After Egypt's 2018 presidential elections: Hurdles to cross

Gamal Essam El-Din , Thursday 29 Mar 2018

With President Abdel-Fattah Al-Sisi expected to win the vote by a landslide analysts are focused on the policies he will adopt in his second four-year term

presidential election
Egyptian children (Photo: Mustafa Emeira)

Voting in Egypt’s three-day presidential election closed on Wednesday with the results expected to be announced on 2 April.

“There is no doubt that President Al-Sisi’s achievements in his first four-year term, particularly in the area of fighting terrorism and restoring security, will have persuaded millions of Egyptians to vote for him in the last three days,” says Al-Ahram political analyst Gamal Abdel-Gawad.

“The only other candidate, Moussa Mustafa Moussa, is a little known figure, the head of a party, the Ghad, which has little influence in political life.”

Abdel-Gawad expected the turnout would be similar to 2014 when 23.7 million Egyptians voted for Al-Sisi.

Journalist and MP Mustafa Bakri predicted a higher turnout, a result, he said, of pro-Sisi forces mobilising energetically. “We viewed the vote as a challenge.

We want a record turnout to respond to those who issued boycott calls or claimed Al-Sisi had lost much of his popularity,” said Bakri.

The National Election Commission’s (NEC) Spokesperson Mahmoud Lasheen said on Tuesday an initial tally showed record voting was expected in Egypt’s most populous cities — Cairo and Alexandria — and in North Sinai.

But once President Al-Sisi is announced as the winner what comes next?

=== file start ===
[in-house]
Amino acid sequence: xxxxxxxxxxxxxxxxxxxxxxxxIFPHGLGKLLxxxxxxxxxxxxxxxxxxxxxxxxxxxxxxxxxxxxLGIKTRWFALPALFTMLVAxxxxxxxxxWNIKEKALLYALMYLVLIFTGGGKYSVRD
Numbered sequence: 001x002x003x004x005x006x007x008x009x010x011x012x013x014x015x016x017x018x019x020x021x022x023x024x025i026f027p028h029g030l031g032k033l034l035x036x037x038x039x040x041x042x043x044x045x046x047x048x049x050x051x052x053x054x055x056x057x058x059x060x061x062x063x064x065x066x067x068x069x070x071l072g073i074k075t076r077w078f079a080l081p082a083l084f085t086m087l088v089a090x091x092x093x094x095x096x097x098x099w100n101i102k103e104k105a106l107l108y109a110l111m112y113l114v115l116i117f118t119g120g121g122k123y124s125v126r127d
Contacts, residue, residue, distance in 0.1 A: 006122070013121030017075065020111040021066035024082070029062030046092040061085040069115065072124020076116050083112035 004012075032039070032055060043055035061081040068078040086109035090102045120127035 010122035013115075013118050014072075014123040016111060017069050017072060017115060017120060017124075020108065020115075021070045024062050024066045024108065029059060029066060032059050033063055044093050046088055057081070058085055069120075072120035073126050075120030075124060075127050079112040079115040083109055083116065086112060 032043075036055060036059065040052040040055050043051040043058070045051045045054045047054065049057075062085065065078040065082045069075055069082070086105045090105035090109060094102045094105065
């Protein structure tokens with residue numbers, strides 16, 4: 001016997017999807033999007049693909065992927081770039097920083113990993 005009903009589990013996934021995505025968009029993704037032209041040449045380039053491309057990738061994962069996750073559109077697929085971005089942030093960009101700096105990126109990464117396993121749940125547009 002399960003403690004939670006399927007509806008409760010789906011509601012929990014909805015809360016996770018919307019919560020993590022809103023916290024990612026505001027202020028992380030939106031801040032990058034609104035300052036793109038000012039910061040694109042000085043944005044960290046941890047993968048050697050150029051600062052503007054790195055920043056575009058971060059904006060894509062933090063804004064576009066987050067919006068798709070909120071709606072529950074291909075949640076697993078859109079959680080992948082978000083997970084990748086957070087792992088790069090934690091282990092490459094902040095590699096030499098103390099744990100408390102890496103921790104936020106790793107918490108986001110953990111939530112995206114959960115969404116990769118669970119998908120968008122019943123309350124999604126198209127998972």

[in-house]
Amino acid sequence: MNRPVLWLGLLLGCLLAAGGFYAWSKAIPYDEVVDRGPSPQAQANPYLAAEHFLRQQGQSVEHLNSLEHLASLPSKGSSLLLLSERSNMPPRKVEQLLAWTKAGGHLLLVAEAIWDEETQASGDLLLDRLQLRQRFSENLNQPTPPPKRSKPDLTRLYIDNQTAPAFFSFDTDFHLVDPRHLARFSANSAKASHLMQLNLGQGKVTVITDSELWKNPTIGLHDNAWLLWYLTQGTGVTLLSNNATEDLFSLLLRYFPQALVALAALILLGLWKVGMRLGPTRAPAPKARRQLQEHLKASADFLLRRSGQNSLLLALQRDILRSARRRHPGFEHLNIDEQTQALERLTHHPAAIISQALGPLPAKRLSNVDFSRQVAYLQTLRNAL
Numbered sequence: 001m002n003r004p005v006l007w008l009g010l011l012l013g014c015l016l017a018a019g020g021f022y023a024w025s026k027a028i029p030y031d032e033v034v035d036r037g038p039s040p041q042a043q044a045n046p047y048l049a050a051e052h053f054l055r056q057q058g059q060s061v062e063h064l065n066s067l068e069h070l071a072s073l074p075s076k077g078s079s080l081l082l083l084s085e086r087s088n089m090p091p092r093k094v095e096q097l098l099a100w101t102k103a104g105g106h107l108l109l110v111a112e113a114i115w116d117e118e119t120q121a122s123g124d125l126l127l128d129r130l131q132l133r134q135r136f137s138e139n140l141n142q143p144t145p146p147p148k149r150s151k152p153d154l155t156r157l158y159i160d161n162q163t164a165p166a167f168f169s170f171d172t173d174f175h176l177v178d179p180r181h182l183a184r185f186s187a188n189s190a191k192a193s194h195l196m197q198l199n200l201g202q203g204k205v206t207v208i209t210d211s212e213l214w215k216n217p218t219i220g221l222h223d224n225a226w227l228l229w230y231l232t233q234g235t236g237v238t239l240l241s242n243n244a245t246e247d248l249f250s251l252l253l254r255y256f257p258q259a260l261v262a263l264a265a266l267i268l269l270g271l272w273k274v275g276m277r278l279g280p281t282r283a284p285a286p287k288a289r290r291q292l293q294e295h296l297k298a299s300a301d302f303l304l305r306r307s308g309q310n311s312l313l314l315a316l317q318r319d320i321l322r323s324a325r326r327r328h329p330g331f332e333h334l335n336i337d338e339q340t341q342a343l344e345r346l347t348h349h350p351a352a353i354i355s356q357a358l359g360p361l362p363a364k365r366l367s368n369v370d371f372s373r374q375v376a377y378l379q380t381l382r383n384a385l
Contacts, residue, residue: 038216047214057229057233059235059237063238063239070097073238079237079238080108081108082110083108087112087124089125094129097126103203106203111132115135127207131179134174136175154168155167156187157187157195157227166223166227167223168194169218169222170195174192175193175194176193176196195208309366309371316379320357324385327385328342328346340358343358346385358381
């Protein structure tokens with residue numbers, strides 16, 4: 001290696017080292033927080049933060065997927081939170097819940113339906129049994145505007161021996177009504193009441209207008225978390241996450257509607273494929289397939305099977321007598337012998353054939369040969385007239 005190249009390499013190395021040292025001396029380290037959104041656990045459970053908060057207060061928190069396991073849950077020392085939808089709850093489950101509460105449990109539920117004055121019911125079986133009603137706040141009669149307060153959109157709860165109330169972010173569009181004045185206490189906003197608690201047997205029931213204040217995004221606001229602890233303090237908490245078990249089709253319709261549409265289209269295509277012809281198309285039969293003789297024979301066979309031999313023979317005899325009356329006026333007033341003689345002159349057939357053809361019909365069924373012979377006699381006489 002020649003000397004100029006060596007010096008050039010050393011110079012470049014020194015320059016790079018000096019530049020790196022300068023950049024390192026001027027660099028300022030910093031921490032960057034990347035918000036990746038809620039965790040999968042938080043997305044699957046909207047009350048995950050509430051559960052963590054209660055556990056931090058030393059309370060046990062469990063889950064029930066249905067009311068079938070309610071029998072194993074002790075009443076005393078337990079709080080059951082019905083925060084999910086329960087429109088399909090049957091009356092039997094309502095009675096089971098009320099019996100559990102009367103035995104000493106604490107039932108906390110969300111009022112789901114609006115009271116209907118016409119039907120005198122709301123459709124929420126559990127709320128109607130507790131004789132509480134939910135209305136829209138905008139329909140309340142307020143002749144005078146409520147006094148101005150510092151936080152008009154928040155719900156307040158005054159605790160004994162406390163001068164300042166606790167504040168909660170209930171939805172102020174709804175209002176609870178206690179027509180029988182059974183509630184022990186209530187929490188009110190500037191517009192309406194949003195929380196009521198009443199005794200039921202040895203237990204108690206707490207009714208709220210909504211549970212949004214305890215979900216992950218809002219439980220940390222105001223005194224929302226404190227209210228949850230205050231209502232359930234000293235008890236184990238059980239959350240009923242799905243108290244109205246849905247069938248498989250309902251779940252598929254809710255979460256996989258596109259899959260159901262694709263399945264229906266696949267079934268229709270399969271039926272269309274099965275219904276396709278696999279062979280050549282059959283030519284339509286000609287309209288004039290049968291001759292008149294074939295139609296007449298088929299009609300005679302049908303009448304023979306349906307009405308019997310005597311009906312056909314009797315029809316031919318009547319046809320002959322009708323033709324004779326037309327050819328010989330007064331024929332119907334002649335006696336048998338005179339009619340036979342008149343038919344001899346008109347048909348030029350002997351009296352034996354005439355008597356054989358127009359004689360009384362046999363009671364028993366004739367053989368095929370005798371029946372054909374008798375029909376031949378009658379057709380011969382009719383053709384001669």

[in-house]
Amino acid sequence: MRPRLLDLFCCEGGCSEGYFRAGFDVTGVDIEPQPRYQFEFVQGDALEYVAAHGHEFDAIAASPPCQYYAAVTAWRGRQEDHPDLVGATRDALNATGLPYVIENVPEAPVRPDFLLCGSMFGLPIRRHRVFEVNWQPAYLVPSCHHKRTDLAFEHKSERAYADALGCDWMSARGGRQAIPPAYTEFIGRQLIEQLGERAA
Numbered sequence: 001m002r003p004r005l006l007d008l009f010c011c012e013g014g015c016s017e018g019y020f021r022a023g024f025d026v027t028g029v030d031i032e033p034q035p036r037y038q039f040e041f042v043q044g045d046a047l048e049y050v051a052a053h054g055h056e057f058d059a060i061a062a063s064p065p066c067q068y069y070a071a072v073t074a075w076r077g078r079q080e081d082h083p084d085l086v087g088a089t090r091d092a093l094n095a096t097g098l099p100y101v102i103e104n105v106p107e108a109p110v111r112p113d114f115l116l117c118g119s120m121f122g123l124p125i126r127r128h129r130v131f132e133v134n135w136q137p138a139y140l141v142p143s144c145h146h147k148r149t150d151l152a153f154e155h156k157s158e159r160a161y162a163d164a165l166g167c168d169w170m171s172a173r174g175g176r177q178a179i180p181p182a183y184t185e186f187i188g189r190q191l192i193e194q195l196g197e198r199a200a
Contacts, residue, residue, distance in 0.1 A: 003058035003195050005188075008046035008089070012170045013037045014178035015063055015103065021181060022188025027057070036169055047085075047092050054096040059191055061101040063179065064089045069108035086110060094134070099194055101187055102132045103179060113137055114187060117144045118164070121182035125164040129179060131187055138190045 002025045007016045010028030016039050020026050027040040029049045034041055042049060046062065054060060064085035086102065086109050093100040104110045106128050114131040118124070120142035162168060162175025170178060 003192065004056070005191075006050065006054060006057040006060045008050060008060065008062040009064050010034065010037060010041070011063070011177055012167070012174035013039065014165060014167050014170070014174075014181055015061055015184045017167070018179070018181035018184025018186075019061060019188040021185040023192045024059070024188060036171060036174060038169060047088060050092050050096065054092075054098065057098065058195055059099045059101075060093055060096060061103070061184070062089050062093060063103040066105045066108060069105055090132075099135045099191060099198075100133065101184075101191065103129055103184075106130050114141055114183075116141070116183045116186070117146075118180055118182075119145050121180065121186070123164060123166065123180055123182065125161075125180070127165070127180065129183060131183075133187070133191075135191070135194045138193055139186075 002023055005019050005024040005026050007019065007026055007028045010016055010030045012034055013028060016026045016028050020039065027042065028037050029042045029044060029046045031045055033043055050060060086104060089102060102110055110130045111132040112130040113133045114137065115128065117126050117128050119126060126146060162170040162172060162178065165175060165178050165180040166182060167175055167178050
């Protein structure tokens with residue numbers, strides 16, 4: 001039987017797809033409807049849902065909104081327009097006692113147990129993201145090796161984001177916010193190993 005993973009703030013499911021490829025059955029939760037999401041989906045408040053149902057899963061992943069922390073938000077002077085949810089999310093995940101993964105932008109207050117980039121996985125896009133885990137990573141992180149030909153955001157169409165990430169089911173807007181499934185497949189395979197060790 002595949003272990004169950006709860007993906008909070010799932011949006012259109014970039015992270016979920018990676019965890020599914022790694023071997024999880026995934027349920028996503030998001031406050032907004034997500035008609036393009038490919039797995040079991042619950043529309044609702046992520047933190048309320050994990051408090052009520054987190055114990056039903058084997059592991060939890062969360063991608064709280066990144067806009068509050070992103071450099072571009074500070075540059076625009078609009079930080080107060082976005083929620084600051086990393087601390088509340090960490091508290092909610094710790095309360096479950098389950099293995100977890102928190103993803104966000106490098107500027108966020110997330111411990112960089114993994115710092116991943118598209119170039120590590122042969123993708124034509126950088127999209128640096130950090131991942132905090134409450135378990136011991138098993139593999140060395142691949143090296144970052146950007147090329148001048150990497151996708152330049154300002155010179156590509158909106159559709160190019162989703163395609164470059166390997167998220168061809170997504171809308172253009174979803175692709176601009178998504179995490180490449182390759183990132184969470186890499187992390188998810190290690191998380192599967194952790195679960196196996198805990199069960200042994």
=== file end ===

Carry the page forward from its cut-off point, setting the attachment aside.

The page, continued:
“President Al-Sisi’s second term in office is supposed to be his last. Under the constitution he cannot remain in power after 2022,” says political analyst Amr Hashem Rabie.

“For political parties and other civil forces the pressing question, therefore, is how they can best prepare themselves for the 2022 presidential poll.”

“President Al-Sisi has a role to play in this respect, by dismissing calls for the constitution to be changed to either extend the presidential term or allow candidates to run for an unlimited number of terms.”

Rabie recalls president Anwar Al-Sadat vowed in 1971 — a year after he came to office — to serve no more than one term in office, “but in 1980 the constitution was amended to allow him to stay in power forever.”

“Hosni Mubarak also promised when he came to office after the assassination of Sadat in 1981 that he would stay no more than two terms but he left power only after being ousted from office 30 years later.”

“We do not want the same scenario to be repeated with President Al-Sisi,” said Rabie.

Shawki Al-Sayed, a leading lawyer and political analyst, told Al-Ahram Weekly that “political reform should be the most dominant issue in the next four years.”

“Just as he adopted a package of economic reforms in his first term, President Al-Sisi should pursue political reforms in his second, allowing viable candidates to emerge before the 2022 poll,” said Al-Sayed.

“Without active political parties capable of fielding credible presidential candidates the only thing people can hope for is that the constitution is amended to allow Al-Sisi to remain in office beyond 2022, or for another military strongman like former prime minister Ahmed Shafik to contest the poll and win.”

Conservatives Party head Akmal Qortam agrees. “Now the public recognises a wrong choice for president, like the election of Mohamed Morsi in 2012, can throw the country into chaos, their only hope in 2022 is that someone like Shafik becomes president, or Al-Sisi remains in office.”

Shafik, who announced early in January that he would run in this year’s ballot only to withdraw suddenly and announce his support for Al-Sisi, will be 81 in 2022.